OiNK Ringleader: I Object To Your Characterization Of Me As The Creator And Facilitator Of A Large Piracy Operation

Oct 25th, 2007 // 12 Comments

notacrook.jpgWell, the head OiNKer has finally spoken to the press, and though his defense of OiNK is hardly novel in the annals of illegal downloading, it’s still funny!

“As far as I am aware no-one in Britain has ever been taken to court for running a website like mine. My site is no different to something like Google.

“If Google directed someone to a site they can illegally download music they are doing the same as what I have been accused of. I am not making any Oink users break the law. People don’t pay to use the site.”

You sure? ‘Cause I bet what a lot of smart people–like the lawyers we talked to earlier in the week and prosecutors and judges and blog readers–really hear when they hear that is:

“If Google directedcreated a Google-approved space in which someone to a site theycan illegally download music they are doing the same as what I have been accused of. I am not making any Oink users break the law, I am merely helping to facilitate their breaking of the law, which is in itself a crime, as well as using their donation money to maintain the equipment used to help them break the law, and so ditto to my last comment. People don’t pay to use the site, but even discounting the donations, they are recieving goods/services (new copyrighted material) in exchange for pirating copyrighted material (comitting a criminal act).”

Yeah, that’s better. Even if it sounds more like copping a plea than a defense. And sounds a lot like what we hear every time someone gets busted for piracy. (And yeah, yeah, how dare we defame the beloved clown prince of OiNK with these slanderous mischaracterizations.)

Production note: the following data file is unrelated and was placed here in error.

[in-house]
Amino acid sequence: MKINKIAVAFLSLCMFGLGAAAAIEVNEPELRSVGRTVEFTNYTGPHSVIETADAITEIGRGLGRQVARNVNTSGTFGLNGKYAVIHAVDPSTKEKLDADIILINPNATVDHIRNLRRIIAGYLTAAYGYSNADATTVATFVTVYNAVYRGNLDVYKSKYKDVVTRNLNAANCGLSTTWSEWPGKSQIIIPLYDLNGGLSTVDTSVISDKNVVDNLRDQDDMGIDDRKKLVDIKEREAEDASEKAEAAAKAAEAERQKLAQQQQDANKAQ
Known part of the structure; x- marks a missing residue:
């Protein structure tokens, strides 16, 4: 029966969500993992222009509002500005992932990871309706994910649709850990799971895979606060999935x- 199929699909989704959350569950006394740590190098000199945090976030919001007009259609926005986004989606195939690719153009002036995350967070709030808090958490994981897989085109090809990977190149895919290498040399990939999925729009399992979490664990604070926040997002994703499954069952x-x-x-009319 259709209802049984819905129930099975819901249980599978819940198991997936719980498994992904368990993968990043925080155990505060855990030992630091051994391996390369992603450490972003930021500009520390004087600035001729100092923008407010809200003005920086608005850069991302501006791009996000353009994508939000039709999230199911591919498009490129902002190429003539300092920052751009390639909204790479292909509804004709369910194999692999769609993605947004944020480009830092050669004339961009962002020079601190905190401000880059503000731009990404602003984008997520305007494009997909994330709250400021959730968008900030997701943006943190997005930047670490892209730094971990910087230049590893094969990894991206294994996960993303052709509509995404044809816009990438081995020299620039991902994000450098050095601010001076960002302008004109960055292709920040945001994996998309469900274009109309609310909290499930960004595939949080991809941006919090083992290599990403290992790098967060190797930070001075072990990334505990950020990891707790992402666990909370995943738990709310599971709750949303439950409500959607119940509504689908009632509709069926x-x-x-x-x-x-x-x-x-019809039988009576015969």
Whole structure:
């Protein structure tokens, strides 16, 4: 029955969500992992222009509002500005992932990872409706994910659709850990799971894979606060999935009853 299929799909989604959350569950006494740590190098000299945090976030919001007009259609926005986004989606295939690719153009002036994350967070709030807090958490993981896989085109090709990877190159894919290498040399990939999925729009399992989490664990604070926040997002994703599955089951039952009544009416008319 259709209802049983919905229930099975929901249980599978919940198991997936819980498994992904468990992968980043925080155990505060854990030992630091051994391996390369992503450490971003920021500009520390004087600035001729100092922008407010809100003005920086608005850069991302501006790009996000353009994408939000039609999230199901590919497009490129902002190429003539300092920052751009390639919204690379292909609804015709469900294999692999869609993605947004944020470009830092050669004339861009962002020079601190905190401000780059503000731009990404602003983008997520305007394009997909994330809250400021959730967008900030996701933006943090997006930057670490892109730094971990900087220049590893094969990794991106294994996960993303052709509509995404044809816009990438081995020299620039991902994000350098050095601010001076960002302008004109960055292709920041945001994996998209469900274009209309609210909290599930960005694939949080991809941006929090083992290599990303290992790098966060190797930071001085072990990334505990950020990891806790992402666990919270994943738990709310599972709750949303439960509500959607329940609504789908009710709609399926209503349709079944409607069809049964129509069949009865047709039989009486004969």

OiNK Founder: We’re Just Like Google [Daily Telegraph]

  1. Halfwit

    Thank you for being you, Jess. It would be a lot easier for to support the “Defective by Design” or “Fight the power through piracy” movements if the major proponents weren’t such assclowns. Not saying that the “DbD” guys are assclowns, but it’s like the marijuana legalization movement — a handful of measured, intelligent advocates surrounded by dumbasses who just want to get ripped and play “Guitar Hero”.

    Here’s a tip — “Boycott” means “do without”. It doesn’t mean “download everything you can get your hands on without paying for it, then acting like you’re pursuing the morally superior path”. And if/when you get caught, don’t try rationalize your actions — take the bullet and be a martyr, like G_d intended it.

  2. King of Pants

    Someday, someone might come up with an intellectually coherent argument to defend file sharing.

    Until then, why not just own it? Why not just say, “Yeah, I like free music” and call it a day? Why the tortured dance?

  3. Dick Laurent is dead.

    In all seriousness though (read: none) what would you have him say? ‘Yeah, I facilitated illegal file-sharing over the internet…like PirateBay, TorrentBox, IndieTorrents, etc…and you got me, sorry.’ There is NO high road here; now can we get back to snarking about Kanye and trying to figure out which cast member of HSM is going to be the new Lohan?

  4. King of Pants

    @Dick Laurent is dead.: Pleading out is always an option. ;)

  5. Anonymous